Federal Watchdog Office of Special Counsel Has Found ‘Reasonable Grounds’ to Investigate Whether Whistle-blower Dr. Rick Bright Was Ousted From a Senior Science Post for Questioning Trump Administration Actions, The New York Times, Sheryl Gay Stolberg, Friday, 8 May 2020: “A federal investigative office has found ‘reasonable grounds to believe’ that the Trump administration was retaliating against a whistle-blower, Dr. Rick Bright, when he was ousted from a government research agency combating the coronavirus — and said he should be reinstated for 45 days while it investigates, his lawyers said Friday. The lawyers, Debra S. Katz and Lisa J. Banks, said in a statement that they were notified late Thursday afternoon that the Office of Special Counsel, which protects whistle-blowers, had ‘made a threshold determination’ that the Department of Health and Human Services ‘violated the Whistleblower Protection Act by removing Dr. Bright from his position because he made protected disclosures in the best interest of the American public.’ The finding comes just days after the lawyers filed a whistle-blower complaint saying that Dr. Bright’s removal last month as head of the Biomedical Advanced Research and Development Authority was payback. They said Dr. Bright, who was reassigned to a narrower job at the National Institutes of Health, had tried to expose ‘cronyism’ and corruption at the Department of Health and Human Services while pressing for a more robust coronavirus response and opposing the stockpiling of antimalaria drugs championed by President Trump. The recommendation is not binding. A year ago, the same office said Mr. Trump’s senior adviser, Kellyanne Conway, should be fired for repeatedly violating legal prohibitions on using her position for political purposes. The president ignored the recommendation. It will now be up to the secretary of health and human services, Alex M. Azar II, to decide whether to send Dr. Bright back to BARDA during the Office of Special Counsel inquiry.” See also, Watchdog office says there are ‘reasonable grounds’ to believe ouster of vaccine official Dr. Rick Bright was retaliatory, his lawyers say, The Washington Post, Yasmeen Abutaleb, Friday, 8 May 2020: “The Office of Special Counsel has determined there are ‘reasonable grounds’ to believe a former top vaccine official was removed from his post last month for retaliatory reasons and plans to recommend the Department of Health and Human Services reinstate him while it investigates, the official’s lawyers said Friday. Rick Bright, former director of the Biomedical Advanced Research and Development Authority, was removed April 20 after having served as BARDA director for nearly four years. He was reassigned to a narrower role at the National Institutes of Health that HHS touted as part of a ‘bold new plan’ to improve testing to defeat covid-19, the disease caused by the coronavirus. Bright filed a whistleblower complaint this week that alleged he was reassigned because he resisted pressure from the department’s political leadership to make ‘potentially harmful drugs widely available,’ including chloroquine and hydroxychloroquine. President Trump has repeatedly pushed both as possible coronavirus cures. Bright said in the complaint that he tried to ‘prioritize science and safety over political expediency’ and raised concerns over the safety and efficacy of the drugs.” See also, Whistle-Blower Rick Bright Exposes Infighting and Animus in Trump’s Coronavirus Response, The New York Times, Sheryl Gay Stolberg, Sharon LaFraniere, Michael D. Shear, and Ben Protess, published on Saturday, 9 May 2020.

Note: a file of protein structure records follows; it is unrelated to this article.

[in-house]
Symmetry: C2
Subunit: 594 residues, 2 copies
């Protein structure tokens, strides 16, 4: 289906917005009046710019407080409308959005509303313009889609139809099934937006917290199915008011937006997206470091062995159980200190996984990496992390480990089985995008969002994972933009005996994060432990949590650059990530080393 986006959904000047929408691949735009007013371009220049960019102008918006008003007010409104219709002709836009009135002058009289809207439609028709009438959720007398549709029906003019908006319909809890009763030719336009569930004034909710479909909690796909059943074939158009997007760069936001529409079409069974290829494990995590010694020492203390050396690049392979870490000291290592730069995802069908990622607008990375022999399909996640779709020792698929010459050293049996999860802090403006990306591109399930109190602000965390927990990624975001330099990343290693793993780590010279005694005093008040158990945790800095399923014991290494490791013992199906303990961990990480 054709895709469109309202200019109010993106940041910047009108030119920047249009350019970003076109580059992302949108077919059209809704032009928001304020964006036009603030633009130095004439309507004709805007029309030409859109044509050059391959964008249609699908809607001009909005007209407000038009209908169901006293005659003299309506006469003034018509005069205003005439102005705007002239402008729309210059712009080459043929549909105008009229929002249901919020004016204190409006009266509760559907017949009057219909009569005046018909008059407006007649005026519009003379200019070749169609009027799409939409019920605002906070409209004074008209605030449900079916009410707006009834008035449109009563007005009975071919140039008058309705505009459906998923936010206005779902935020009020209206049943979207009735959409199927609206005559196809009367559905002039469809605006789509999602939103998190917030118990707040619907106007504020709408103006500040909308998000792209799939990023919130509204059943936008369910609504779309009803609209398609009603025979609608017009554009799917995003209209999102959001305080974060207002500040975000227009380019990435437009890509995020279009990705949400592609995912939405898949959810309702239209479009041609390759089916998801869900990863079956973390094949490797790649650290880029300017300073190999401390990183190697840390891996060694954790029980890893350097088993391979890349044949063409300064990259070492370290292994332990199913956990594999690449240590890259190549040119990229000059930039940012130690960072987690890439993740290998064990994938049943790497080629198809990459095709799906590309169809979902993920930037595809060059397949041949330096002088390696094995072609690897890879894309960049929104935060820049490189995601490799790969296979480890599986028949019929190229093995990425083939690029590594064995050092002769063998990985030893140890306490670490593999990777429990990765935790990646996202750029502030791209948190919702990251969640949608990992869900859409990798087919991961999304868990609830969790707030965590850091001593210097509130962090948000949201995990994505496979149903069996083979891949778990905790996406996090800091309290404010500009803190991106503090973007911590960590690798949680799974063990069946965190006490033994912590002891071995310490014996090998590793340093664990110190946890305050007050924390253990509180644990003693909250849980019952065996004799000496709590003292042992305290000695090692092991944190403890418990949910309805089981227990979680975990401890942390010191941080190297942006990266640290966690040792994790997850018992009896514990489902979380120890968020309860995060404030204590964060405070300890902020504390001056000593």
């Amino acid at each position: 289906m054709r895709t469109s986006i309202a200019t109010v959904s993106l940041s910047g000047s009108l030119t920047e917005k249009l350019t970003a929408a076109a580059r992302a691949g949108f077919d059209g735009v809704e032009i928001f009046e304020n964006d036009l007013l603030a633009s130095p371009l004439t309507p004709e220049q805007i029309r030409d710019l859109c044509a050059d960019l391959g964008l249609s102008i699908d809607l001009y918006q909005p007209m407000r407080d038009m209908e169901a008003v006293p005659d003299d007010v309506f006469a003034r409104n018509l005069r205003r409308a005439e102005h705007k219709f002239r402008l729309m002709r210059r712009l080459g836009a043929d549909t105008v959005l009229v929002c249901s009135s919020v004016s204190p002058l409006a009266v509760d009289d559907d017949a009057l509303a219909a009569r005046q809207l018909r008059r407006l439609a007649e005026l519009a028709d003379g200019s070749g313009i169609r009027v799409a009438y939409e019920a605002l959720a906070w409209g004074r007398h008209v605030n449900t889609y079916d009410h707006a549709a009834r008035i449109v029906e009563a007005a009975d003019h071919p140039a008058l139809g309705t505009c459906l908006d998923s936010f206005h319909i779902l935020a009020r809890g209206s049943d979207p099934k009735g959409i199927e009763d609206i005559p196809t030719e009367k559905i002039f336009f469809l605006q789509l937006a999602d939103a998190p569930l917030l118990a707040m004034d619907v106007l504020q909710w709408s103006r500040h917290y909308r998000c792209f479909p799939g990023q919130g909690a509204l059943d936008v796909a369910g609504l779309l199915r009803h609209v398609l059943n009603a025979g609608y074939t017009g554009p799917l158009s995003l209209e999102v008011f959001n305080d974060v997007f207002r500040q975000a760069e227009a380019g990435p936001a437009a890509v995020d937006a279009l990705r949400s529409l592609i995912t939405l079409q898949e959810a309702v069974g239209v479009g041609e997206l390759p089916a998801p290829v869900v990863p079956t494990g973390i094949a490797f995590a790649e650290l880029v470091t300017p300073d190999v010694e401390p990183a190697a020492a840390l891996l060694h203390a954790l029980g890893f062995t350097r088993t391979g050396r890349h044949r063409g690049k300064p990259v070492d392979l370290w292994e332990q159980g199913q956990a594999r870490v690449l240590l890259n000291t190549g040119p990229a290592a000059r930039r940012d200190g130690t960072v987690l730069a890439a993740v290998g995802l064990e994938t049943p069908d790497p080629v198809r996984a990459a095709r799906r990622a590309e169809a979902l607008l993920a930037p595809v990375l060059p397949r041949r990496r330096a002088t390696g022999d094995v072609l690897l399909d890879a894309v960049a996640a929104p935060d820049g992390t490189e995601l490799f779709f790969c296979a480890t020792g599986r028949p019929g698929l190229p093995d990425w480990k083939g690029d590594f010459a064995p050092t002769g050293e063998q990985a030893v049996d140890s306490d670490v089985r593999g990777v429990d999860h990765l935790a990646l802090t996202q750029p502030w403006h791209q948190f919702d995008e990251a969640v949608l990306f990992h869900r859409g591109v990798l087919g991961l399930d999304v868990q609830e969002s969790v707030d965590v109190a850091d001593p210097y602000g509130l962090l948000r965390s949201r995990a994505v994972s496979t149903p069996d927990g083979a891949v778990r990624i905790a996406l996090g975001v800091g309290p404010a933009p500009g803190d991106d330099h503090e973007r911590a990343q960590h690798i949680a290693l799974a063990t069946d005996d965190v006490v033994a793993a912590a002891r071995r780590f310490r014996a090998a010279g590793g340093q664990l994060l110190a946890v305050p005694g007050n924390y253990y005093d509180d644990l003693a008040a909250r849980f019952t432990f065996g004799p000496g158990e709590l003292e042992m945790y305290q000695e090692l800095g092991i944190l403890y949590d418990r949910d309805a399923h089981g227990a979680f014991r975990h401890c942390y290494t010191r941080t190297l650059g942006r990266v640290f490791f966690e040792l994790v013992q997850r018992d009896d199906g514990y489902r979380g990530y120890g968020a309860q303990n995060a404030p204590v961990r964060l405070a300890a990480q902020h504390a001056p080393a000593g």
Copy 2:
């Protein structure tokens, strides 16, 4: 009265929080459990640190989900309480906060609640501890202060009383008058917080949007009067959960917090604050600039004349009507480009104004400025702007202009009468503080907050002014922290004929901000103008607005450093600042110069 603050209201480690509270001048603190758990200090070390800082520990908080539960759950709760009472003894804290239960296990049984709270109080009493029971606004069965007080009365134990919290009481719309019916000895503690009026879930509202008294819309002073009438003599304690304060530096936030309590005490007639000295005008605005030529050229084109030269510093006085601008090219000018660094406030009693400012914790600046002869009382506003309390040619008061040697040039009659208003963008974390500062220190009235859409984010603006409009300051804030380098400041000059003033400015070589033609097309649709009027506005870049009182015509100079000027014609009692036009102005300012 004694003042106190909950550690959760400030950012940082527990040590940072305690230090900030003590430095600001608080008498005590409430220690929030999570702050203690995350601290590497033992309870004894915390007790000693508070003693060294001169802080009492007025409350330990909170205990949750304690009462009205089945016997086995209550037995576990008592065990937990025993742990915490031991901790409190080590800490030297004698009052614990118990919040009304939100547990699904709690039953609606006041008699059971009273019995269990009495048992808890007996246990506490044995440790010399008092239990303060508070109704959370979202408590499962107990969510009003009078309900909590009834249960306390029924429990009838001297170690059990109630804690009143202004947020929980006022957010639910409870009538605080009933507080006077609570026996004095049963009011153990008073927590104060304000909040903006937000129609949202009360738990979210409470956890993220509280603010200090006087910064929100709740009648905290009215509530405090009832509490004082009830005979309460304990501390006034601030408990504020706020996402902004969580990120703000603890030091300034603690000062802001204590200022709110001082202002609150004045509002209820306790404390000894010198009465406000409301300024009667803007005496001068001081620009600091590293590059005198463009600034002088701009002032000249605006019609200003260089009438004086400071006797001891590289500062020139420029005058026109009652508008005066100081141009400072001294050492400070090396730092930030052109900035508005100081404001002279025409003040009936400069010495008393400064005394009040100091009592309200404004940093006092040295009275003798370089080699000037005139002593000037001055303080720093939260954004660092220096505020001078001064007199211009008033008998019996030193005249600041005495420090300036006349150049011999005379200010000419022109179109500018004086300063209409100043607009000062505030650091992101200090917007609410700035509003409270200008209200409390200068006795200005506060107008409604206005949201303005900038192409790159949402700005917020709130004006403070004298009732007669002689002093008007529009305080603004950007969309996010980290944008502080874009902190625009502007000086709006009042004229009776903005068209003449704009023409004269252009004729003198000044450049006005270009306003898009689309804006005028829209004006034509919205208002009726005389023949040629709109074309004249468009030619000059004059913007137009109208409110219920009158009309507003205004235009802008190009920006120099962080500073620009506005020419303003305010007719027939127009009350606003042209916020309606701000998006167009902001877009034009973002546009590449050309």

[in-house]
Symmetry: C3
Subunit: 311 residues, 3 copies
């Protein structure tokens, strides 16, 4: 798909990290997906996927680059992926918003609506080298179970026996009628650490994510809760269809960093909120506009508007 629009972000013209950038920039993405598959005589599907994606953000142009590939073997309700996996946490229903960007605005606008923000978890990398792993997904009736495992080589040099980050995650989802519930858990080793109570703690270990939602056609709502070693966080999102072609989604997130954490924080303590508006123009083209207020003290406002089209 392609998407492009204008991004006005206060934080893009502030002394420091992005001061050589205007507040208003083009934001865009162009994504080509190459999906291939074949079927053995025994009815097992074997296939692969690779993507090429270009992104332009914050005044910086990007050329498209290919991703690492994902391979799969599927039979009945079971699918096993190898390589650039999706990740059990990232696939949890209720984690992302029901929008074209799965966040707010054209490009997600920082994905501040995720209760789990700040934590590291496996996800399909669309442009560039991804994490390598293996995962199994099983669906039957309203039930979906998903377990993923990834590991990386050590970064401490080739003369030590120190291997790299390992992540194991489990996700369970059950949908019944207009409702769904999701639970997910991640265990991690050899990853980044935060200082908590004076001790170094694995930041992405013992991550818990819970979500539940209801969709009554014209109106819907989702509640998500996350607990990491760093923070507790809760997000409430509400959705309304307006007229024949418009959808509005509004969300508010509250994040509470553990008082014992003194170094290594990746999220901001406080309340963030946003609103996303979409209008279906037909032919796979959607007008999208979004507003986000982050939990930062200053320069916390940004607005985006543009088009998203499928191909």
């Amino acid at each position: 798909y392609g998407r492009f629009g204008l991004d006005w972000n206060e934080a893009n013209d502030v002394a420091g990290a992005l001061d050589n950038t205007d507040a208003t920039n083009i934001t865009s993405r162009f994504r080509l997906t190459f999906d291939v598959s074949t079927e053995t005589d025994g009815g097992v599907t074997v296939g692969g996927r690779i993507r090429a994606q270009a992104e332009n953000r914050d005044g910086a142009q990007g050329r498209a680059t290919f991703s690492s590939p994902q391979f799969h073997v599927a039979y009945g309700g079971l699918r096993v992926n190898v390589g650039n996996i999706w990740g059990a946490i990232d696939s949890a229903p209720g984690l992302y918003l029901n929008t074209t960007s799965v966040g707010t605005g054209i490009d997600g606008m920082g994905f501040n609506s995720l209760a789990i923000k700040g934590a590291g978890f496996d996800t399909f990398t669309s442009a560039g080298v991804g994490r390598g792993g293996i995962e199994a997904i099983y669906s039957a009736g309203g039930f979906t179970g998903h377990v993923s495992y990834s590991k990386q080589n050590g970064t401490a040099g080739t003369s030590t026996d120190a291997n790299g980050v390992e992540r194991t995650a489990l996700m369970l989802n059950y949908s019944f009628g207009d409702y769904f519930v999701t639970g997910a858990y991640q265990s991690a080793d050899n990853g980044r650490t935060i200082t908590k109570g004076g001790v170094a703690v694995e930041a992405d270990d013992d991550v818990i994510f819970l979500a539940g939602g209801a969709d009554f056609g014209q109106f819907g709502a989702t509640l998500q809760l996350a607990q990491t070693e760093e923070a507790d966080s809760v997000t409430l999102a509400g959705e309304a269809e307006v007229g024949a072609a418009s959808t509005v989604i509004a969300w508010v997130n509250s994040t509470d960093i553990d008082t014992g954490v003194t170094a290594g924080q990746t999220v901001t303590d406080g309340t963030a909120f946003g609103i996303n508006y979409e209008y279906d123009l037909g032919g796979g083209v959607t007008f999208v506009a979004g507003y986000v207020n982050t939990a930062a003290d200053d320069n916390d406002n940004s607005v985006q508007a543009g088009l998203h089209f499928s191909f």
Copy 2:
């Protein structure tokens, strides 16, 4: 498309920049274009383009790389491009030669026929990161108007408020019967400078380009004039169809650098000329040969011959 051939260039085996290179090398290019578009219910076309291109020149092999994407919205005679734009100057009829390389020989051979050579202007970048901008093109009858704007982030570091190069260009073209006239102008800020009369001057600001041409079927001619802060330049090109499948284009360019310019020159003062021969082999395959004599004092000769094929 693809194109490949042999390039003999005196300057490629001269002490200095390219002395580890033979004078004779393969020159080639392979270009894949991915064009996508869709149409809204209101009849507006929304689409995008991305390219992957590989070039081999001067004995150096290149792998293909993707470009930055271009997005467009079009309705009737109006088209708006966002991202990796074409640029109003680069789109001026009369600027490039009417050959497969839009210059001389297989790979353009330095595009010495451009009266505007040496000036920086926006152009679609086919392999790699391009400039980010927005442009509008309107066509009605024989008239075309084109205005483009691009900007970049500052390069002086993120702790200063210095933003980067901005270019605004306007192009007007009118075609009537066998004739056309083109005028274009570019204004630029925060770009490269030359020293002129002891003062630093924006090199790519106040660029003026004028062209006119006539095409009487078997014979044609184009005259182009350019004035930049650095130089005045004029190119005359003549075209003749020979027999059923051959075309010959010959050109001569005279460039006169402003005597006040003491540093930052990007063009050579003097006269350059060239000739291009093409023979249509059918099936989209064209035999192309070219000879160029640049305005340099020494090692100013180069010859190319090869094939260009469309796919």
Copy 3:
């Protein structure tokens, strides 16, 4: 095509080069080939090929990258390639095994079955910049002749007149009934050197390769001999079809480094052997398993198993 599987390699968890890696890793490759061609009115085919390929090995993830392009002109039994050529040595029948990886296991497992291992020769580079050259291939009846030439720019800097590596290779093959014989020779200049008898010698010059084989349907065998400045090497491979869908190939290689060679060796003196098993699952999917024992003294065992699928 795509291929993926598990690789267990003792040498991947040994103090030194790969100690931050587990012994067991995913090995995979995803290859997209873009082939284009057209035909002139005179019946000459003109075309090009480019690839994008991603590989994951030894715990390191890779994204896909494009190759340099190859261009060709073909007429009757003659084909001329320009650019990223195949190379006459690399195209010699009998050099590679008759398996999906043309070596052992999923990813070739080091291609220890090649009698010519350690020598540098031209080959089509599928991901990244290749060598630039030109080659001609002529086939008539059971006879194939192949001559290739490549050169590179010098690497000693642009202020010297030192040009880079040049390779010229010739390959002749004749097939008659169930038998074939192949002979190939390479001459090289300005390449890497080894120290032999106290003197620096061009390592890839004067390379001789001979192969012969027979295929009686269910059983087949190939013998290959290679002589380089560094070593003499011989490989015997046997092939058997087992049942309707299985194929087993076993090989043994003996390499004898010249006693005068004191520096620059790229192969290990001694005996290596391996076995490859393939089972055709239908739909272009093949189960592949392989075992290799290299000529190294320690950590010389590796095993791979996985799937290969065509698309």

California to Mail All Voters Ballots for November Election, The New York Times, Nick Corasaniti and Jennifer Medina, Friday, 8 May 2020: “Gov. Gavin Newsom of California on Friday ordered ballots to be sent to the state’s 20.6 million voters for the November election, becoming the first state to alter its voting plans for the general election in response to the public health concerns wrought by the coronavirus pandemic. While California has greatly expanded its vote-by-mail operation in past elections — roughly 65 percent of the state voted by mail in the 2018 midterm elections — the decision by the largest state in the country to greatly reduce in-person voting is a recognition by state officials that the coronavirus outbreak is unlikely to subside by the fall.”